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The Easter story

9 April 2022

The Easter story

A path to hope

Words Julia Hosking

Despite hot cross buns and Easter eggs appearing on store shelves from early January, Easter is not an easily understood Christian holiday. 

It can be a little complicated to understand why Good Friday is ‘good’, why Easter is celebrated, or how the meaning of Easter relates to our lives today. 

Easter has two significant celebrations every year – Good Friday and Easter Sunday. Unlike Christmas, these dates change from year to year – based on the lunar calendar. In 2022, Good Friday will be commemorated on 15 April and Easter Sunday on 17 April. 

However, many churches will start Easter celebrations one week earlier on Palm Sunday, which leads to the term ‘Holy Week’. 


On Palm Sunday, Jesus was celebrated as he entered Jerusalem. The people waved palm branches as they shouted Jesus’ praises. Many people realised Jesus had been sent down from Heaven as the Son of God, a saviour – but they were still confused about how he would save them. 

The religious leaders did not like Jesus, though. They were jealous and did not believe he was the Son of God. Their apparent ‘disbelief’ caused doubt and confusion among the people in Jerusalem. A few days later, the same crowd that shouted praise towards Jesus began to shout criticism. “… ‘Away with this man! … Crucify him!’” (Luke chapter 23, verses 18-25). 

Jesus was whipped, mocked then sentenced to death on a cross. What is now known as ‘Good Friday’ was a sad and dark day. But the Easter story wasn’t over yet. 


On Holy Thursday, Jesus was eating a special meal, now known as the ‘Last Supper’ with his friends. After this meal one of Jesus’ 12 close followers betrayed him to the religious leaders to be arrested and killed. Others rejected him and denied knowing him. 

Jesus experienced fear and anxiety about what lay before him. God, his Heavenly Father, did not stop the suffering, but instead, he gave Jesus the strength to endure the path to the cross. This was part of God’s greater plan of redemption for the people of the world who he loved so much.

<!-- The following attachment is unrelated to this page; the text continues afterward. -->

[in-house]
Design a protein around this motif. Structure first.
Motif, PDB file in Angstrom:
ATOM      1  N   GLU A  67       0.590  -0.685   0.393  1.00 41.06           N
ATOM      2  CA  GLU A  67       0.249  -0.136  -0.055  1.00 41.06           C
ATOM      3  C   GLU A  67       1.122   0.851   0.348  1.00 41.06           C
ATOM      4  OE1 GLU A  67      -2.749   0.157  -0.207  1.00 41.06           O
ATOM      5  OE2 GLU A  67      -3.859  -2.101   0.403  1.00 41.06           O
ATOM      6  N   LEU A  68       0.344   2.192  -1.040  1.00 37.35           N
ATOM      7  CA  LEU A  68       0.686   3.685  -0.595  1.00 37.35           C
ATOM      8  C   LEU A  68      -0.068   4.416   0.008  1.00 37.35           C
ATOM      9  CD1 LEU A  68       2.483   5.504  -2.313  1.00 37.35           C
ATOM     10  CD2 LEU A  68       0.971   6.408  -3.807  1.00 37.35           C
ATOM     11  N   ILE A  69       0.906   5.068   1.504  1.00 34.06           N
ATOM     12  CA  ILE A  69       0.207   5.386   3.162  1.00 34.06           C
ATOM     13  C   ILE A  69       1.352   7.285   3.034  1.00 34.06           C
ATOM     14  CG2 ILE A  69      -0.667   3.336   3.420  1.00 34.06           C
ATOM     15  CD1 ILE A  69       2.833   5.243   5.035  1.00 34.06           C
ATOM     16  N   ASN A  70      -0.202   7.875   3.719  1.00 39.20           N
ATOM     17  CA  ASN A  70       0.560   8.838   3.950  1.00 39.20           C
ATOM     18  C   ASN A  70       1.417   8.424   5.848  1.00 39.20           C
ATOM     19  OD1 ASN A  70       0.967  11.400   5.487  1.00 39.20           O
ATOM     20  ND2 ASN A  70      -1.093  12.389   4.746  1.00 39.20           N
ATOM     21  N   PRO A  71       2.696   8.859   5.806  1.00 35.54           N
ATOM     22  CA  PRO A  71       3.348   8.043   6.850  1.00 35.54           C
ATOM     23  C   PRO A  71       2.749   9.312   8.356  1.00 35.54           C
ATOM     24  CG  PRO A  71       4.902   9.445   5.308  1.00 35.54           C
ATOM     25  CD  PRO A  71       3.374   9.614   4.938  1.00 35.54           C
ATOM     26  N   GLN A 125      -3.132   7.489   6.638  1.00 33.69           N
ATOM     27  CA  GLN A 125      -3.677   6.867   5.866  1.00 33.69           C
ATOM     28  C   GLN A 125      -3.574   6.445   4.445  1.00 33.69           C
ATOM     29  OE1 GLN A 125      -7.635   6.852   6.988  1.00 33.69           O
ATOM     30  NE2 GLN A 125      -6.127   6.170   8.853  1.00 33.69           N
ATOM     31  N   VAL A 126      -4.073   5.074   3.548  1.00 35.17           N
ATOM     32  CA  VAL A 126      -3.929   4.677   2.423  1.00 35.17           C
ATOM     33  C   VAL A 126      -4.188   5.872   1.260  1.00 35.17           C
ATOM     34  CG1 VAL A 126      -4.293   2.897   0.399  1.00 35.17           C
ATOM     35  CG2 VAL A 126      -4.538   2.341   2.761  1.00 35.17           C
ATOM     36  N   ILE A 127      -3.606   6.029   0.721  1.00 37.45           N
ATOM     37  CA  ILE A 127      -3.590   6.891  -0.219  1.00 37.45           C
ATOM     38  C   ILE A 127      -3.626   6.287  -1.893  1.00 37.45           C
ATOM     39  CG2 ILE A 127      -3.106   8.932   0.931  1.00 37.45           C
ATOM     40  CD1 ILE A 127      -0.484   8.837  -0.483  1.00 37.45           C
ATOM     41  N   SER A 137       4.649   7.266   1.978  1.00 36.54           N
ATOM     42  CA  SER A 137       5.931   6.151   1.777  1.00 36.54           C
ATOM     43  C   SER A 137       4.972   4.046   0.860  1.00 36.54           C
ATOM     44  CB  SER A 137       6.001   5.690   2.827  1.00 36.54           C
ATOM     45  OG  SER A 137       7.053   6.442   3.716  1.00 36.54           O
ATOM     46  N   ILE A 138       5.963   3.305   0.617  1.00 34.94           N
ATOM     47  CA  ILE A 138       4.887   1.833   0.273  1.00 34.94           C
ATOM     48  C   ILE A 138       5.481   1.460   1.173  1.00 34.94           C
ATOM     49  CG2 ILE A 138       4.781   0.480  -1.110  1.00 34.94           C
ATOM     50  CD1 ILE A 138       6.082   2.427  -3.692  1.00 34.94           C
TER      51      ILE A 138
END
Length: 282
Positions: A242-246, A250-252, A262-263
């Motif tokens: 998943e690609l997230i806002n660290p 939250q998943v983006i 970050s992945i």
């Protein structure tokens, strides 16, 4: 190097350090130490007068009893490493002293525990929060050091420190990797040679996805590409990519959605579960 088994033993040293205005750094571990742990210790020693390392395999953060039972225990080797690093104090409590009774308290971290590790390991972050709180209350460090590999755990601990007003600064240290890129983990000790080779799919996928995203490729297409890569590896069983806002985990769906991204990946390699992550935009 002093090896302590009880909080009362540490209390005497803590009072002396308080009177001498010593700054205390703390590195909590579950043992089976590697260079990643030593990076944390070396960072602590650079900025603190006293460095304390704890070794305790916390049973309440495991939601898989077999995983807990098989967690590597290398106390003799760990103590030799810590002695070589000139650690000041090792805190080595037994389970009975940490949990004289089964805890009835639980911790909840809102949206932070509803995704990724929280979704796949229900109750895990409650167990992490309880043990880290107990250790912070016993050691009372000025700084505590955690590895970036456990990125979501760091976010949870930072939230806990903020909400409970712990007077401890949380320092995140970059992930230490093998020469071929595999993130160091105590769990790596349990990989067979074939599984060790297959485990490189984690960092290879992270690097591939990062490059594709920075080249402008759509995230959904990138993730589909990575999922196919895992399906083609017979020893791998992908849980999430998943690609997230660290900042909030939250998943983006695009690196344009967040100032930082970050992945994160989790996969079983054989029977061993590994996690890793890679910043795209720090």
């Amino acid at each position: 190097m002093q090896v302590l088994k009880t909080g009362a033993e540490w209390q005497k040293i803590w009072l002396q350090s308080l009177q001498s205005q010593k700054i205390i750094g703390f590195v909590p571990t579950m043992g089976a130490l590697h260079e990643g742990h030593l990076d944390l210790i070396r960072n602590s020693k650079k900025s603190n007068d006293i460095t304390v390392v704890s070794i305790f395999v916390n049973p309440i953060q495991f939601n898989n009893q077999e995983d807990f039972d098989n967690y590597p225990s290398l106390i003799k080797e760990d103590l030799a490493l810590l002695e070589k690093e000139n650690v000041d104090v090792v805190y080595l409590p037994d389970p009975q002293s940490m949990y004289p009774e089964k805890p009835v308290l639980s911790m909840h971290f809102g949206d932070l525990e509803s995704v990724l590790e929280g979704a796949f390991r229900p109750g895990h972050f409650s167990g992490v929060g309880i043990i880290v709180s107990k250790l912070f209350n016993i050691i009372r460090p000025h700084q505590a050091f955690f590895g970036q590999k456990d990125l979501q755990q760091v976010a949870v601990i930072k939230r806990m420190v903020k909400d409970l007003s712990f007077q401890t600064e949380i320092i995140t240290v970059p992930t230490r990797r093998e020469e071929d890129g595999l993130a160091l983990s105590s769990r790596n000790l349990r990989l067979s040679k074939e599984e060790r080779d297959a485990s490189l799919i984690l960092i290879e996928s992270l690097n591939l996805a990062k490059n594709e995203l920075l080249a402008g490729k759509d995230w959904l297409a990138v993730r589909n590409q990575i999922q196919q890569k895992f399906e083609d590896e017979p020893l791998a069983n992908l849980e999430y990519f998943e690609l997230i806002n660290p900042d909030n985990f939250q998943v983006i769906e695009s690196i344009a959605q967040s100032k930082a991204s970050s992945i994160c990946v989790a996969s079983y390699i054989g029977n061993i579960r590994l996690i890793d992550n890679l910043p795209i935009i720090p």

Jesus could have stopped the process at any time. But he persevered because his love for people was greater than the pain he felt. 

That is why Good Friday can be ‘good’. Because of Jesus’ sacrifice, we can have a true and meaningful relationship with God. We can experience unconditional love and everlasting hope. Jesus held on to this hope for us so that we could hold on to his hope in our own lives. 

Many of the emotions there on Good Friday are similar to those we experience today. There is nothing you can experience today that God has not seen before. Friends who betray and reject us. Fear and anxiety over financial insecurity and sickness. Pain and heartache for loved ones. Confusion and hopelessness about the future. Grief, despair, loneliness. Jesus understands all of it. 


After he died, Jesus’ body was taken down from the cross and placed in a tomb. It was sealed and guarded from the outside. On Saturday, Jesus’ followers felt devastated, afraid, disappointed, and hopeless. 

Jesus brought hope and light into the darkness of his death by rising again on the third day – Easter Sunday. 

The Bible says in the first light of day, some women went to Jesus’ tomb, expecting to anoint his dead body, as per their custom. Instead of finding Jesus’ body, they saw an angel, who said, “Why do you look for the living among the dead? He is not here; he has risen!” (Luke chapter 24, verses 5-6). Their hopelessness changed to hope and joy! 


The message of Easter, and Jesus coming back to life, is about the purpose he gives us. 

His resurrection means you can have a meaningful relationship with God the Father – the Creator of the universe – and experience a new, everlasting life. And Jesus also offers everyone hope for today. 

This doesn’t mean we will never experience sickness, financial hardship, family crisis, disappointment, loneliness, or grief – but it does mean that we can have hope even through those hardships and are not alone in our struggles. When life seems chaotic and confusing, Jesus offers us meaning and purpose, and a hope we can hold on to. 

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